Hurt

Vol. II

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Picking up precisely where Hurt's debut left off, Vol. II is the companion piece, continuation, culmination (call it what you will) of all the group began on Vol. I. In fact, early on, the band originally envisioned this musical corpus if not as a double set, at least as a pair of bookends to be released together. It wasn't to be, and so the two were recorded separately, with time to grow in between. And grow they have, with Vol. II exhibiting a greater maturity, a more coherent sound, and a more self-confident band. Even so, the two sets are closely intertwined, with themes, both lyrical and musical, from the first referenced in the second. Where Hurt go wrong is in treating their fans like idiots, foot-noting the cross-overs in the lyric sheets, whilst simultaneously parading their own superior intellect via references to Bell's Theorem and Heisenberg's Uncertainty Principal. Hey guys, nobody likes patronizing, clever clogs.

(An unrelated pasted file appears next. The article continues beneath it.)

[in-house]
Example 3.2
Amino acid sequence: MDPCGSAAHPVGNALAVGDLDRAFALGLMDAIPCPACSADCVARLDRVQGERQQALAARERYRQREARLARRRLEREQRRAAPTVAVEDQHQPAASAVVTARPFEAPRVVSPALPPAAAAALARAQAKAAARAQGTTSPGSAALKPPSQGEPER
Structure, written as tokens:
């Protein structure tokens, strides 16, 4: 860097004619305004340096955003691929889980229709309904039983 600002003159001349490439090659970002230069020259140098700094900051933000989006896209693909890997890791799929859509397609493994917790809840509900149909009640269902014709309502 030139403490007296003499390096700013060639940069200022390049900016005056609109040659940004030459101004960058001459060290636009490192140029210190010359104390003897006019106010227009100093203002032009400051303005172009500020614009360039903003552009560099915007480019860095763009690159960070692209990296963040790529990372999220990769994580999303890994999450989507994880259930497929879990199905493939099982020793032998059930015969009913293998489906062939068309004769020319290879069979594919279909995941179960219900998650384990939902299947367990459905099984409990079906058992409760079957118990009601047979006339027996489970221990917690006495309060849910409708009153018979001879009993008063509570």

But who can't feel the band's pain, so evident across this set, with their eternal doubts, manifold and manifest guilt, impatience with others foibles, and disgust at their own sins. These are wounds that never heal, because Hurt can't stop picking at the scabs, damned to relive the emotional traumas over and over in their mind, then flip them over to experience them from the opposite side. That latter technique is best seen on the twinned "Loded" and "Better," the former a scathing rejection of drugs and their imbibers, the latter seemingly more sympathetic, but in reality a searing expose of enablement. In "Better," addiction masquerades as love, on "Abuse of Sid," love masks self-loathing, but with "Assurance," love means never having to say good-bye for good. Cross out "woman" and substitute drugs or alcohols on the latter number, and you've circled right back 'round to addiction. Most chilling, though, is "Talking to God," where there's no love at all, except for a misplaced love of the Lord. The closing triplet "On the Radio," "Et Al, and "Thank You for Listening" struggles with the artist's relationship to his audiences, sometimes symbiotic, other times parasitic. These shifting sands evoke love and hate, frustration and fear, pain and joy, a never-ending waltz between reality and reflection, but which is the mirror and which the solid object, the fans or the band? The music is as varied and complex as the themes, with the epic opener "Summers Lost" one of the set's high points. The radio-friendly "Ten Ton Brick" was the obvious pick for first single, its counterpoint, "Aftermath," not so much so, but a wonderfully moody, introspective number regardless. "Sid" is a heady brew of classic and modern rock elements, "Better" a splendid alt-rocker with dramatic shifts in tempo and mood, "God" is graced with dramatic strings, "Assurance" with jazzy piano and a glowing prog rock atmosphere, and "Alone with the Sea" a melancholy banjo. An adventurous and powerful set musically and emotionally, rounding off the phenomenal journey the band began on Vol. I. [Vol. II was also released in a clean version.]

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